Alan Davie

Image of the Fish God


In Tate St Ives

Alan Davie 1920–2014
Oil paint on board
Support: 1530 × 1219 mm
Presented by E.J. Power through the Friends of the Tate Gallery 1973

Display caption

Davie’s paintings are characterised by a variety of personal pictograms, shapes and symbols that he has defined as ‘primordial’. He believes that they have ‘many and varied meanings’, which he leaves open to poetic interpretation and free association. Image of the Fish God has a totemic monumentality that evokes ancient cultures and shamanistic beliefs. The black form may be seen as figurative, and the central diamond is reminiscent of an all-seeing eye.

Gallery label, July 2012

Does this text contain inaccurate information or language that you feel we should improve or change? We would like to hear from you.

Catalogue entry

Alan Davie b.1920

T01748 Image of the Fish God 1956

Not inscribed.
Oil on hardboard, 6o¼ x 48 (153x 122.5).
Presented by E. J. Power through the Friends of the Tate Gallery 1973.
Coll: Purchased by E. J. Power from the artist.
Lit: Alan Davie, ed. Alan Bowness, London 1967.
Repr: Catalogue, vol.2, Documenta II, Kassel, 1959, p. 138 (not exhibited).

The donor, Mr E. J. Power, recalled (in a telephone conversation with the compiler) that he visited the artist at his studio in Rush Green, Hertfordshire, early in 1956, where he saw ‘three or four completed “Fish Gods” and several unfinished’. As far as he can remember he bought T01748 at that visit and Davie had already given the title to the series.

There are seven paintings entitled ‘Image of the Fish God’ which are all on board of the same dimensions, but three (collections of Stanley Seeger, Stedelijk Museum at Amsterdam, British Council) are horizontal in orientation; the three remaining vertical paintings belong to Gimpel Fils, the Hon. Anthony Montagu, and Gallery Blu, Milan ( ?). Except for T01748, all the paintings were numbered from 1-6. The artist wrote that ‘There has always been confusion about this series—up until now I thought there were only six.

‘I believe this was the first time I actually worked out a specific theme through a number of individual pictures. At that time I was doing many drawings “in series”.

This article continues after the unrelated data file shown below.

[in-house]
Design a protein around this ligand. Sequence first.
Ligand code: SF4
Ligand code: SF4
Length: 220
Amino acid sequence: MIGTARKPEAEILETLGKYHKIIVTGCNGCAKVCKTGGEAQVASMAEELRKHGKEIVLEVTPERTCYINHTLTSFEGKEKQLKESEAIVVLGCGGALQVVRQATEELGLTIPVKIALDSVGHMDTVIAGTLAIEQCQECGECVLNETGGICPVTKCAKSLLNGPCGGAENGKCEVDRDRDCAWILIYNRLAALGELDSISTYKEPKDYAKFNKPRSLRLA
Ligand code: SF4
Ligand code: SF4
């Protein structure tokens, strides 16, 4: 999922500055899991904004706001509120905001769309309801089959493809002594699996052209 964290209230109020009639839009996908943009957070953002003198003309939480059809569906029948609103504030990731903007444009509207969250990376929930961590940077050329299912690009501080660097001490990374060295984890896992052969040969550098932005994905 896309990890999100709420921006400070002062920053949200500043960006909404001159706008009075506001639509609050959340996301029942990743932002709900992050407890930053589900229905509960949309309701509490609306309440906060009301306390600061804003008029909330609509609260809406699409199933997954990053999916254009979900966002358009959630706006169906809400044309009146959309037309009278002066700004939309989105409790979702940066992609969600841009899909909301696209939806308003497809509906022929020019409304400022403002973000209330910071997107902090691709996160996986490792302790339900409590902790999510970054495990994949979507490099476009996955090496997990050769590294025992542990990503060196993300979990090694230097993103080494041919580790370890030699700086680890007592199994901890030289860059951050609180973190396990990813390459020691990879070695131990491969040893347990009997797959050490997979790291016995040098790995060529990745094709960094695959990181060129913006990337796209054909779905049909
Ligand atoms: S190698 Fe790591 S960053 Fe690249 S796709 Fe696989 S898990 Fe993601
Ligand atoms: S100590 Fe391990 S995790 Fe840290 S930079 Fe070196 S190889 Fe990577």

‘I would put some 20 sheets of paper (different sizes) on the floor and with black oil (or gouache) I would make one mark on each (each mark related) 1-20. Then beginning at I again make another sign, or image, which also would be included in a variety of ways in the others.

‘In this way the series developed as a unit (not one at a time) and in the end I had 20 drawings. These 7 boards were actually re-incorporated in a series which included a number of drawings in black oil. They all developed together in a quite miraculous way.

‘I can’t remember how many drawings there are’. One drawing from the series (black oil on paper, 15 x 13¼. in.; Circulation Department, Victoria and Albert Museum, Circ. 342–1959) shows the central figure of the ‘fish god’ but with more obviously anthropometric features.

As with most of Davie’s titles ‘Image of the Fish God’ is a ‘poetic interpretation’ and ‘There is no conscious significance in the symbols’. The diamond shape had already been present in Davie’s ‘vocabulary’ of symbols for several years. But the right-angled figure ending in two points had not occurred previously, and has reappeared quite often in paintings since then: ‘Certain images reappear in my work— they become obsessive symbols but are never used consciously for any purpose or conveyance of specific meaning. Mainly, I feel, many of them are primordial symbols which have many and varying meanings at different times but unknown to mankind’.

The series was painted before Davie’s visit to the United States in March and April. For that year, 1956, there are over fifty large oils listed, more than double the number of paintings for the previous year. According to Bowness (op. cit. p. 172) he worked ‘very quickly’ and was ‘sure of what he wanted to paint’, freely incorporating techniques experimented with during the previous years such as in T01748 (and Stanley Seeger’s ‘Fish God’) standing up the painting—which was done flat on the ground, before it was dry, and allowing the very liquid paint to run freely down the board.

T01748 has been designated Opus 140A.

Published in The Tate Gallery Report 1972–1974, London 1975.

You might like

In the shop